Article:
I have always been critical of the “website as an app” approach but I have decided to exempt myself from this self-criticism for my first Android app.
There are multiple approaches that one may take in building their first android app, the most obvious ones being MIT App Inventor and AppGeyser. The former is a particularly nice tool to visually learn the building blocks of programming for Android, though it chiefly suffers from a rather outdated look. As for the latter and its peers, you have to deal with in-built ads (outright or after a certain installation threshold) and third-party branding.
So, I decided to go the full monty and create the app on Android Studio. I must admit that it was in many ways a frustrating experience to deal with compilation errors every now and then, something that is bound to happen a lot when you are just starting out. However, on the whole it was a day well spent in creating a functional, albeit simple app. For starters, it won’t feel out of place on the latest Android devices due to the use of material design. I also had to tweak the site design a bit for it to work well with the app and hence you shouldn’t be surprised to see the “scroll to the top” button on the left side of the page (love that Floating Action Button on the right!). Reasoning the purpose for this exercise would be doing injustice to the satisfaction of engaging in this activity. I guess it was just about crossing another item off the bucket list.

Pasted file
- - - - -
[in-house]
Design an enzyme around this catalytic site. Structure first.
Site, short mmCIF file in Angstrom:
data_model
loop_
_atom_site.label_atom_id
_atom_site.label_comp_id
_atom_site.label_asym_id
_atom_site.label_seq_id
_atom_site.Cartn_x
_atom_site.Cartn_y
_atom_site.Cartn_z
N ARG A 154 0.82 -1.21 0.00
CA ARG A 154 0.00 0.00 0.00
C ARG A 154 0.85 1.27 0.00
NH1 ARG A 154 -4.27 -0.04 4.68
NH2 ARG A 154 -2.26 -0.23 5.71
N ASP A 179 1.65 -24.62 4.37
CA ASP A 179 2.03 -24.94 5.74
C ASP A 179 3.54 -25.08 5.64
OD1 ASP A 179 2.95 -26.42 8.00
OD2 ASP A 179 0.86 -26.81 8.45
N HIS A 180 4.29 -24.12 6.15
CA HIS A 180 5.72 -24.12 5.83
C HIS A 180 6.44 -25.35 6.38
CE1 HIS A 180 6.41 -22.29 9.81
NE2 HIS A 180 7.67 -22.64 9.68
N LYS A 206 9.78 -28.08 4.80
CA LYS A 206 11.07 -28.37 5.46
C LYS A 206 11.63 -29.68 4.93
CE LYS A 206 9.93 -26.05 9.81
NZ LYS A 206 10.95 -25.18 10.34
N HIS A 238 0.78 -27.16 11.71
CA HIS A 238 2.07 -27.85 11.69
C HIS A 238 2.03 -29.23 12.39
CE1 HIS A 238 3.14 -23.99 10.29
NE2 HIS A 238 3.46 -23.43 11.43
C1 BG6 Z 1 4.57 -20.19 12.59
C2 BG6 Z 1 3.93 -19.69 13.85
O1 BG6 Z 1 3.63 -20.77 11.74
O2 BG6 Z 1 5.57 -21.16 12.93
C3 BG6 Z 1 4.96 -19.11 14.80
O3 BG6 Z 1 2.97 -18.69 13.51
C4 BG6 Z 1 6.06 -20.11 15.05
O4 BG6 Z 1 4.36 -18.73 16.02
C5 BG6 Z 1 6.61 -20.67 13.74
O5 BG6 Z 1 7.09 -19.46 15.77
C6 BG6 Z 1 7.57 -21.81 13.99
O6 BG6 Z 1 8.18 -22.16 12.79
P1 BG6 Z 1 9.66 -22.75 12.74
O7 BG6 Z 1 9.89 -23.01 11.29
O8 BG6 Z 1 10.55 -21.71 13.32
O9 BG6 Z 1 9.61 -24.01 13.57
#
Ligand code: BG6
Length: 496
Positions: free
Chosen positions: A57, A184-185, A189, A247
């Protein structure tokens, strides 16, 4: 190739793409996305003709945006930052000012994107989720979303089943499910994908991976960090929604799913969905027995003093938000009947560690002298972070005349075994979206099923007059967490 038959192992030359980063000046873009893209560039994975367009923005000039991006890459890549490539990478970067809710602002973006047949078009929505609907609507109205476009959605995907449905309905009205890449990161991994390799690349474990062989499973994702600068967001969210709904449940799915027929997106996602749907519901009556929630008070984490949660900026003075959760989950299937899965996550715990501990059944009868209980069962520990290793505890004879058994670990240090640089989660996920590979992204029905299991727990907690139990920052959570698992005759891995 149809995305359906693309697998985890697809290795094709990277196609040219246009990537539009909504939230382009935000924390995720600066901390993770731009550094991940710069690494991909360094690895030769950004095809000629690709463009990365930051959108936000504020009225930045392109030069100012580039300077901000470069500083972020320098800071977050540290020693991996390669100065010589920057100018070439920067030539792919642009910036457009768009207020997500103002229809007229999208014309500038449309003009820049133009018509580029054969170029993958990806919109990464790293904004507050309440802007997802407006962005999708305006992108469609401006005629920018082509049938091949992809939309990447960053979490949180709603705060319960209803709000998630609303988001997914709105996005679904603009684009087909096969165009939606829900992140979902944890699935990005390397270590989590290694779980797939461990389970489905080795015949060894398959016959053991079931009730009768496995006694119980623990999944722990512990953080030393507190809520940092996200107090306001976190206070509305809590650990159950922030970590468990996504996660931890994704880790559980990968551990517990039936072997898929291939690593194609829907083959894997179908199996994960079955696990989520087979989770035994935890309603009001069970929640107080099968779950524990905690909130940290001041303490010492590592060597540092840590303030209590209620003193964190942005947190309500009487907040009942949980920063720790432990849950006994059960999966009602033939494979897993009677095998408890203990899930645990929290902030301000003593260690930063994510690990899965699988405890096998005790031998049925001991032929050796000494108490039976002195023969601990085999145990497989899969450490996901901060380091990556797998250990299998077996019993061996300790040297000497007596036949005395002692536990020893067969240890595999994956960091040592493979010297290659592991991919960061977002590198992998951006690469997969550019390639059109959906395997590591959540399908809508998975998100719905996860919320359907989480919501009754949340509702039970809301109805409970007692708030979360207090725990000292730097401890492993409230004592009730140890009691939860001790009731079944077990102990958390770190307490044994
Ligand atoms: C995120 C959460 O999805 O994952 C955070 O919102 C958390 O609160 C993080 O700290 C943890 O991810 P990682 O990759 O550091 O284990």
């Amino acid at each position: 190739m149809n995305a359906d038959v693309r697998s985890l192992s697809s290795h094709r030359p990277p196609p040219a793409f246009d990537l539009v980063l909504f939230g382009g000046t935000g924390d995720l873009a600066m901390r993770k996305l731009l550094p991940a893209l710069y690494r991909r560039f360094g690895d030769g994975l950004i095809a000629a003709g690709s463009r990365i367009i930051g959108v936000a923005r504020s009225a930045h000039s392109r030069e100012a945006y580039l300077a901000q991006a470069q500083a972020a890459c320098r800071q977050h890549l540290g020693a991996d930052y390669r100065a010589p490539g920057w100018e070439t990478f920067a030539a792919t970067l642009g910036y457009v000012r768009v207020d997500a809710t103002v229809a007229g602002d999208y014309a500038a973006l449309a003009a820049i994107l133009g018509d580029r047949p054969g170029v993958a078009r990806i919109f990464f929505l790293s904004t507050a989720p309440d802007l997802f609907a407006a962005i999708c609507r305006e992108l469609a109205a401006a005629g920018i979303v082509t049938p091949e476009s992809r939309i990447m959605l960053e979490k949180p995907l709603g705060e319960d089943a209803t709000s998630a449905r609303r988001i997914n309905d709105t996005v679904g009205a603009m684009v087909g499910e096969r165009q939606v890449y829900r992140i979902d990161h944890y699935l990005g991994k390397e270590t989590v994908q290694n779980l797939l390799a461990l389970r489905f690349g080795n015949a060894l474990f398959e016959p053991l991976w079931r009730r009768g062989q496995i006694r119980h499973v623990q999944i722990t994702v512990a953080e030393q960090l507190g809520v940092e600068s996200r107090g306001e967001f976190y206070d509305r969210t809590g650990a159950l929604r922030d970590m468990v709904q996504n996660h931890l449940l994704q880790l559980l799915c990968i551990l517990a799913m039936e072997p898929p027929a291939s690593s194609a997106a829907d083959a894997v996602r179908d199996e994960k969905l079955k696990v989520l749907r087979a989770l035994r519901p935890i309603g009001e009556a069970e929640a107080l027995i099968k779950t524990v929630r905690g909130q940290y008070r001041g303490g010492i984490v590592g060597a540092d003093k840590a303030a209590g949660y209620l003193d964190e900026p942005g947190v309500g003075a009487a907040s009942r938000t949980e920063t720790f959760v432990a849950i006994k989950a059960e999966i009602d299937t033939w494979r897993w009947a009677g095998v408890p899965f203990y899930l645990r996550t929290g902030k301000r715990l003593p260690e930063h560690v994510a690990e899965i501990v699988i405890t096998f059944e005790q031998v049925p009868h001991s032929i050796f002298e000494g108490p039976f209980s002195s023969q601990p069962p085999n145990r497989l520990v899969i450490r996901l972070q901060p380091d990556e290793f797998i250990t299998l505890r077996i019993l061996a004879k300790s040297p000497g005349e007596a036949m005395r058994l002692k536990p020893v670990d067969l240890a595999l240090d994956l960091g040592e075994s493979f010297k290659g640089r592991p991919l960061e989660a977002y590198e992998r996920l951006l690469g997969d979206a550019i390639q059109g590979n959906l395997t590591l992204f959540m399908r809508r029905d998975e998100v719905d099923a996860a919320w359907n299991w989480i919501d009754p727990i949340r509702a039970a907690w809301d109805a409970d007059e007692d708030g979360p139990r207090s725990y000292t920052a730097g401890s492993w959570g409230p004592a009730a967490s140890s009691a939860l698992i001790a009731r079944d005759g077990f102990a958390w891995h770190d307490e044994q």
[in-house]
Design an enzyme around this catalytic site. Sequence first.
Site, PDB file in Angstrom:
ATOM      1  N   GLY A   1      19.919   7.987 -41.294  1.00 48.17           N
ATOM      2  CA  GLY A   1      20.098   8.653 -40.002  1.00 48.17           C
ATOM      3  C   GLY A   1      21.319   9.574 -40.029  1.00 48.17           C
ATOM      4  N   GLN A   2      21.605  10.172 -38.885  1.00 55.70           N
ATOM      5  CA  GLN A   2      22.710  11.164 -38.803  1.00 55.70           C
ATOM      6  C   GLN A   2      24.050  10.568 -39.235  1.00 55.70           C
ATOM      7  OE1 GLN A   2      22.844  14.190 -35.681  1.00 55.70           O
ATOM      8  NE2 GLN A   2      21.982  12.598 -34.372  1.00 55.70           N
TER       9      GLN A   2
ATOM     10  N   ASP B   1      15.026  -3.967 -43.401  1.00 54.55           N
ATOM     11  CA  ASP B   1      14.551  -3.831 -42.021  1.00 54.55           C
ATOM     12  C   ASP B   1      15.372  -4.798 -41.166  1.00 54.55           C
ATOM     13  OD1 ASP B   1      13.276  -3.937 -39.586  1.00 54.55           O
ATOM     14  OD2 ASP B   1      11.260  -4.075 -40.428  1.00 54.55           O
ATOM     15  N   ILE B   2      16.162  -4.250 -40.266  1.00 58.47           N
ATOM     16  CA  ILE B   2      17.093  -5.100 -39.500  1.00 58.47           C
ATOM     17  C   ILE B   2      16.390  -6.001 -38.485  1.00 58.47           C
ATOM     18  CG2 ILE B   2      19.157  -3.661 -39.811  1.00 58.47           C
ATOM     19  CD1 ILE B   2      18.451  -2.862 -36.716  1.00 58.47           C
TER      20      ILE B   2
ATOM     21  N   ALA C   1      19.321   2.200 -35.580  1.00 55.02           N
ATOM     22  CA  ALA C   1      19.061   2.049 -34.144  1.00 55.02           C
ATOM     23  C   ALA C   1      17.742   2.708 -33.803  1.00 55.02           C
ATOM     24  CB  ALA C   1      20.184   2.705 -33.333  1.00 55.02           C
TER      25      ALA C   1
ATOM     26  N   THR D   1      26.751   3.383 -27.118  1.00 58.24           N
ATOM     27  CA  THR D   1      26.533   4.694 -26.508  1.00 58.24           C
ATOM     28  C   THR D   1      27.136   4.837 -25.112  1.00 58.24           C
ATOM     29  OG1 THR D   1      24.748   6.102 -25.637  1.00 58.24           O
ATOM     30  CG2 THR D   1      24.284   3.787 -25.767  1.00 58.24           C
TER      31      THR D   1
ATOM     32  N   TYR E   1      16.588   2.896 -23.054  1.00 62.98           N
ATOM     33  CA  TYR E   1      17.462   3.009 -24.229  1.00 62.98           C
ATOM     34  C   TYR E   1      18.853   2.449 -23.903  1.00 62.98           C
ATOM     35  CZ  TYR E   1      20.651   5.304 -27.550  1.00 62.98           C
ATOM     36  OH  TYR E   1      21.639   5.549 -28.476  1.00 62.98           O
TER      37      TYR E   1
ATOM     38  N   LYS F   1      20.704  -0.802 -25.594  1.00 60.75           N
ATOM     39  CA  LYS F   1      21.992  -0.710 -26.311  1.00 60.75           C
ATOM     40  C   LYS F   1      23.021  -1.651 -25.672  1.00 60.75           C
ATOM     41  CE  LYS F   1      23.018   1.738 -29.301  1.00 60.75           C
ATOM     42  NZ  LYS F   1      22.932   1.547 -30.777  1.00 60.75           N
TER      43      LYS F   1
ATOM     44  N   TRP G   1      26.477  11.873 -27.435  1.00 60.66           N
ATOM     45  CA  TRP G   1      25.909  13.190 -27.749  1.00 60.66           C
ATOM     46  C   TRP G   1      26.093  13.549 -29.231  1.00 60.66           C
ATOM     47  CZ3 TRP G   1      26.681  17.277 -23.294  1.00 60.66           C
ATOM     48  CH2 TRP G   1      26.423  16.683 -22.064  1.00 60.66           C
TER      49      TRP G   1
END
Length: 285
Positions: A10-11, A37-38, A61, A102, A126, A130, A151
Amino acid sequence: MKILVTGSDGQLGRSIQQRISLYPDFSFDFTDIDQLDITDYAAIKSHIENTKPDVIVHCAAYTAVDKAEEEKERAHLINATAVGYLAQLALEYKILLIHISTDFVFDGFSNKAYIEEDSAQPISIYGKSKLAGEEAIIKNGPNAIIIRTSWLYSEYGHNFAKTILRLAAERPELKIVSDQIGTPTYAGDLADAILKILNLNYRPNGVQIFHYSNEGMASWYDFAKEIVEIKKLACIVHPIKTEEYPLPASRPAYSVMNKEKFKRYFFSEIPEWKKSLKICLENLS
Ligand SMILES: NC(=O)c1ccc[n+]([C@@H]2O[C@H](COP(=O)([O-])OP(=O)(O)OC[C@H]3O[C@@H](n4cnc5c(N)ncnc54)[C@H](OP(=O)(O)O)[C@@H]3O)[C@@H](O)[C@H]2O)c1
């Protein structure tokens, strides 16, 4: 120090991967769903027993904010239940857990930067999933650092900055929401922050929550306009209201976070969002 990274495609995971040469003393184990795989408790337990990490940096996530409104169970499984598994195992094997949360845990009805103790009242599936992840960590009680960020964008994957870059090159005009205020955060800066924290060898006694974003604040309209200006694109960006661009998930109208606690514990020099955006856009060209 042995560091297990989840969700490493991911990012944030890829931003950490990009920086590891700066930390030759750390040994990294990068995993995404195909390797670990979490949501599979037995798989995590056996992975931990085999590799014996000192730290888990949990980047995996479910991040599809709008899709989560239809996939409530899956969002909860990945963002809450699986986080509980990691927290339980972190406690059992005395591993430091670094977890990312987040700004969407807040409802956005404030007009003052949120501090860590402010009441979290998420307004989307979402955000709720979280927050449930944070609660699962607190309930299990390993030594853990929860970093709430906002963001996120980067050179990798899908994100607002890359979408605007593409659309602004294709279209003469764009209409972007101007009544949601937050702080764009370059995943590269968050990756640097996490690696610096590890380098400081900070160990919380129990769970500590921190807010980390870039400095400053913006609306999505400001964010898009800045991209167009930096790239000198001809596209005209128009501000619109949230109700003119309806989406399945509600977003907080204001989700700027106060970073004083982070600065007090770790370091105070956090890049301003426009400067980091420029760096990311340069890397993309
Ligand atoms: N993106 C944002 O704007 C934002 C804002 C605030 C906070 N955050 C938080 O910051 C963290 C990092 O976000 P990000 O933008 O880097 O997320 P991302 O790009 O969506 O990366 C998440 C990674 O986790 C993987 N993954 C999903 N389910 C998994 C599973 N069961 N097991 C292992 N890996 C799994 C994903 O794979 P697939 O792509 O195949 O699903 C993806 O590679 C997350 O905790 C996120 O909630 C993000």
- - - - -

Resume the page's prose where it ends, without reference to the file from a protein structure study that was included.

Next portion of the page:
The app download has been linked to Google Drive, so there will be another click involved in downloading the apk file. Also, the installation has to be done by enabling the ‘Unknown sources’ option under the ‘Security’ menu. It’s too bad that I don’t have $25 to spare for publication on the Play Store, but then I have done the next best thing and had it published on the Amazon Appstore. I am curious whether anyone would ever download for the app description goes as follows:
This is a window to a world of views that won’t change the world.
It is the next best thing to watching paint dry.
If you had a penny every time this app was downloaded, you’d still be a pauper.
It is a revolutionary app that mocks the definition of revolution.
It is a time capsule that doesn’t stop time.
It is the app that challenges the moniker “smartphone”.
If this description is not a deterrence, then you are welcome to the world of perseverance.